That’s around 1.5% of BA’s total 2017 revenue and about 367 times the ICO’s previous top fine, the $626,000 it demanded from Facebook over the Cambridge Analytica scandal.

So what changed? GDPR, Europe’s new data privacy rules, went into effectlast May.

BA hasn’t exactly confirmed it’ll appeal the penalty, but Willie Walsh, CEO of parent company IAG, said he intends “to take all appropriate steps to defend the airline’s position vigorously, including making any necessary appeals.”

Bottom line: The ICO’s harsh penalty (the biggest to date under GDPR) shows that, under the new regulations, data breaches won’t just be an embarrassment for companies with customers in Europe—they could make a serious financial dent.

            


INTERNATIONAL

Greece up Those Economic Wheels

Greece has a new prime minister in Kyriakos Mitsotakis, a U.S.-educated ex-financier whose center-right New Democracy party just took control of the government on the promise of broad economic reform.

And reform…sounds okay following a decade-long economic crisis that decked living standards. A small sampling of Greece’s troubles?

  • Unemployment rate: 18%, the eurozone’s highest
  • Debt-to-GDP ratio: almost 180%

Still, Greece’s economy expanded 1.9% last year. And since Mitsotakis won late-May European Parliament elections, the Athens Stock Exchange general index is up over 20%.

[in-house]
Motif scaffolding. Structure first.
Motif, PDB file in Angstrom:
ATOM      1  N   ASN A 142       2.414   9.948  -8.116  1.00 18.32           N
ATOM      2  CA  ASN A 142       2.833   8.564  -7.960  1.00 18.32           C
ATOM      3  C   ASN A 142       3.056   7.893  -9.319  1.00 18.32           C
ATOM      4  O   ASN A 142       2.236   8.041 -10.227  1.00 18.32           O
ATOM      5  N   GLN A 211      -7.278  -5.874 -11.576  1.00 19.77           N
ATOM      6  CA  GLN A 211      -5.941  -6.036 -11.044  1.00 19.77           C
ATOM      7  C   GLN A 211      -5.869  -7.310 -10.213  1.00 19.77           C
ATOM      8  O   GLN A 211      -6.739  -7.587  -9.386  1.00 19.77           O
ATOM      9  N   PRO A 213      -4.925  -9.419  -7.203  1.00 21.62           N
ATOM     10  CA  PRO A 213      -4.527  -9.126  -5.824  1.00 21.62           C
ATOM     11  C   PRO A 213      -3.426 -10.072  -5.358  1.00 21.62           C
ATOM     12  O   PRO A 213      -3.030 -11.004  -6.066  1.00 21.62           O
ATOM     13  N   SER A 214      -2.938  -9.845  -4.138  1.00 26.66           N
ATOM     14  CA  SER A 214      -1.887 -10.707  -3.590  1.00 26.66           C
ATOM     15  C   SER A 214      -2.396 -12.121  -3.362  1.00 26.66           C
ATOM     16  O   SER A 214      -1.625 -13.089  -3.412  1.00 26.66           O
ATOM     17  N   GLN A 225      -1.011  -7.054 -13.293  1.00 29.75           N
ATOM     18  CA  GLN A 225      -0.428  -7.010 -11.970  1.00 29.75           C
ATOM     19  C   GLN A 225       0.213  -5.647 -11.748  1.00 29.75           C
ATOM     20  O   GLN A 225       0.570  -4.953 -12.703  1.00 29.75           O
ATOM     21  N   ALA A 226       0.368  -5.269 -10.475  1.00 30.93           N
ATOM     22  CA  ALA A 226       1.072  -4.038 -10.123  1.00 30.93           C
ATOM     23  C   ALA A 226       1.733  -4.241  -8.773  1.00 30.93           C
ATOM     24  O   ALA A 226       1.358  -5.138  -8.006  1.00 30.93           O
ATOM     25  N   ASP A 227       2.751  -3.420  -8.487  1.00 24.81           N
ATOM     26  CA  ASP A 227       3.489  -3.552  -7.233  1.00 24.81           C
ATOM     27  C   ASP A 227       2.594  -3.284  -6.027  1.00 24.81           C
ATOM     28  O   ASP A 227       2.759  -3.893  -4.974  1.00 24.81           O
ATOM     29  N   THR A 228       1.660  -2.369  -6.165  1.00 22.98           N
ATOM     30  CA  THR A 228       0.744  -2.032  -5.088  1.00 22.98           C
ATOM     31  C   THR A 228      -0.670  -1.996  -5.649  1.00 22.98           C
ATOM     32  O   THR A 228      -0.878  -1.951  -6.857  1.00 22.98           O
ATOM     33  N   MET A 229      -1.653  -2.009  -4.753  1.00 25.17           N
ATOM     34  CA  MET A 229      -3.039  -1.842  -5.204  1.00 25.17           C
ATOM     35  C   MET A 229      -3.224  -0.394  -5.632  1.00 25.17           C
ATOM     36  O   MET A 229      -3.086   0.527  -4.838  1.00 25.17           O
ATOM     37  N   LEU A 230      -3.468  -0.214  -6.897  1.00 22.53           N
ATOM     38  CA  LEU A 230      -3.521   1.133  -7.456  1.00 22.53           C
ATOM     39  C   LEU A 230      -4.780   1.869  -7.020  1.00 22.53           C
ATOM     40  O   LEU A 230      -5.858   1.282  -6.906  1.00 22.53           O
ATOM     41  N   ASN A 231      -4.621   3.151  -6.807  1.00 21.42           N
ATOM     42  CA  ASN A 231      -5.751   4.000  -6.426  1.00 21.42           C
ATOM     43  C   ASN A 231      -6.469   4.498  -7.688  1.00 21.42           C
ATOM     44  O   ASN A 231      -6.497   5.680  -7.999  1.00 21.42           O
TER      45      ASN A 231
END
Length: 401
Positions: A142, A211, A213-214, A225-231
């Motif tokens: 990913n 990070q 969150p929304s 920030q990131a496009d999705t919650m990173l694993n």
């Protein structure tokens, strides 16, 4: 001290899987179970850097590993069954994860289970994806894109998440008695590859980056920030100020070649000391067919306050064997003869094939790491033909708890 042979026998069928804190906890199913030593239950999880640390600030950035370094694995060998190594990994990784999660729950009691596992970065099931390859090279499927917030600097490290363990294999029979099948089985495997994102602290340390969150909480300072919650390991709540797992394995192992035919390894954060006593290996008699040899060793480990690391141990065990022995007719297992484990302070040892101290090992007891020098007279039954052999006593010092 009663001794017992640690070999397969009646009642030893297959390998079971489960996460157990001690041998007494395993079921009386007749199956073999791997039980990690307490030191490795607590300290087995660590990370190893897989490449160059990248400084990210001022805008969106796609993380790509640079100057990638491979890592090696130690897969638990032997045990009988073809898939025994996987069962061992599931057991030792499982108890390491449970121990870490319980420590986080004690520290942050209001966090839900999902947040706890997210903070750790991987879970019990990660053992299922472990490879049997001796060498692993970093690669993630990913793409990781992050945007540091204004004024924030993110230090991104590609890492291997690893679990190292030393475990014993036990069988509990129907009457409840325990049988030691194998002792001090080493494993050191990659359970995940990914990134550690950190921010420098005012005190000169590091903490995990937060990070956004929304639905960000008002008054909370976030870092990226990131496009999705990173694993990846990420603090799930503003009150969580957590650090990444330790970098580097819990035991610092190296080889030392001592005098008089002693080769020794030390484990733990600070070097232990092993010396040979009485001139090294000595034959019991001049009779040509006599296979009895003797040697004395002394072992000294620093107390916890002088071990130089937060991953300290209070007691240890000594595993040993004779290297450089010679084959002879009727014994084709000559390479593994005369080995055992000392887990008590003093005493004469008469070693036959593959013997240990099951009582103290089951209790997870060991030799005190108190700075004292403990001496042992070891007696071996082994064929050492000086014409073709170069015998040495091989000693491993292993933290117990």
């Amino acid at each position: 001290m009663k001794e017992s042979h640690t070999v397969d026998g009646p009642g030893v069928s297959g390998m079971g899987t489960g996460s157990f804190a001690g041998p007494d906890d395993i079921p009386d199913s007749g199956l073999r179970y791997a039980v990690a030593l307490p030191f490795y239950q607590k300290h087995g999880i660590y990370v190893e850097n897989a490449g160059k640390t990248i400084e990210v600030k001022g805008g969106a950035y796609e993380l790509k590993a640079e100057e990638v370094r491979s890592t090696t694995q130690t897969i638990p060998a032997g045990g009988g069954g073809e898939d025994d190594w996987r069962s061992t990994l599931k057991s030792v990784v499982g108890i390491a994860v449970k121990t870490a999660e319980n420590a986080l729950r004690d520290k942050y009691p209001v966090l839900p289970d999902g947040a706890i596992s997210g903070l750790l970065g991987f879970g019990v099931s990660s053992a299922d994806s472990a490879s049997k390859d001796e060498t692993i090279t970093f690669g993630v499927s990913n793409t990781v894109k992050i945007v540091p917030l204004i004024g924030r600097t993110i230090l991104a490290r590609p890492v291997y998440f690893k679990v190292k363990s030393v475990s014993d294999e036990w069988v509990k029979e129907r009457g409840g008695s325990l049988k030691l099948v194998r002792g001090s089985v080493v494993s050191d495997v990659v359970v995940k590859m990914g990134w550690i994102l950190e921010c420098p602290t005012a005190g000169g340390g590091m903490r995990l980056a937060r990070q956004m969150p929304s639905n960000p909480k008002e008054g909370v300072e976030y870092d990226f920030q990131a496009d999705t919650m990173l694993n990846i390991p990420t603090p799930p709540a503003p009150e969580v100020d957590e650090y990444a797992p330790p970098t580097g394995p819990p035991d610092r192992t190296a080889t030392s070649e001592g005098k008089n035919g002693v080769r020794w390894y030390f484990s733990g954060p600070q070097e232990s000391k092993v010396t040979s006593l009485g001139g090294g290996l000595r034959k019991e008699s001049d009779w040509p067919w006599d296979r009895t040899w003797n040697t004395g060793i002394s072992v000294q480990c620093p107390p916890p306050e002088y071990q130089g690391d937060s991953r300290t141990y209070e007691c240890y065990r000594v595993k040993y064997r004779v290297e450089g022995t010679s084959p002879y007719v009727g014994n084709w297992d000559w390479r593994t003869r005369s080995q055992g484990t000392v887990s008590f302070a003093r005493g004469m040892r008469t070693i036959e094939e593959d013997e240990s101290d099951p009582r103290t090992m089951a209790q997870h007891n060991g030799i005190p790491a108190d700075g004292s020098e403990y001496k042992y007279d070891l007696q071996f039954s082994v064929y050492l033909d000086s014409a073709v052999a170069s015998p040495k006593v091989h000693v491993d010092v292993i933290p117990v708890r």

But his plate is full with more than spanakopita. Mitsotakis wants to doubleGreece’s growth rate to 4% in 2020 by convincing foreign investors they can trust Greece again. He also wants to cut taxes to jumpstart economic activity.

Looking ahead…Mitsotakis succeeds outgoing PM Alexis Tsipras, whose Syriza party raised taxes to meet creditors’ fiscal targets. The new PM will have to move fast to woo both foreign investors and a population scarred by a decade of austerity.

            


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E-COMMERCE

Amazon Workers Doth Protest

When you’re 37 Chrome tabs deep into Amazon’s Prime Day sales selection next week, consider the situation in Minnesota.

Workers at Amazon’s Shakopee, MN, fulfillment center are planning a six-hour strike during the two-day sales extravaganza. Their gripe? Amazon’s wages are too low and productivity quotas unreasonable (Amazon rebuts, saying it offers “excellent pay” and “comprehensive benefits”).

While this is the first time Amazon (+0.48%) workers in the U.S. will strikeduring a major sales event, it’s not the first time Shakopee area employees have gotten their activism on.

  • Amazon employs 1,000+ East African Muslim immigrants at four facilities in the Twin Cities area (including Shakopee).
  • Last year, they successfully petitioned for more perks when Prime Day coincided with Ramadan.

The double zoom-out: In a labor market this tight, Amazon workers are more emboldened to strike. Still, their protest is unlikely to derail Amazon’s Prime Day shipping capabilities, especially since the company has a network of 75+ fulfillment centers in North America alone to pick up the slack.

            


BIZ HISTORY

We’re Only 126 Years Younger

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WSJ

Q: What do you get your competitive older brother when he turns 130 and already has 37 Pulitzer Prizes?

A: A 170-word story about his accomplishments.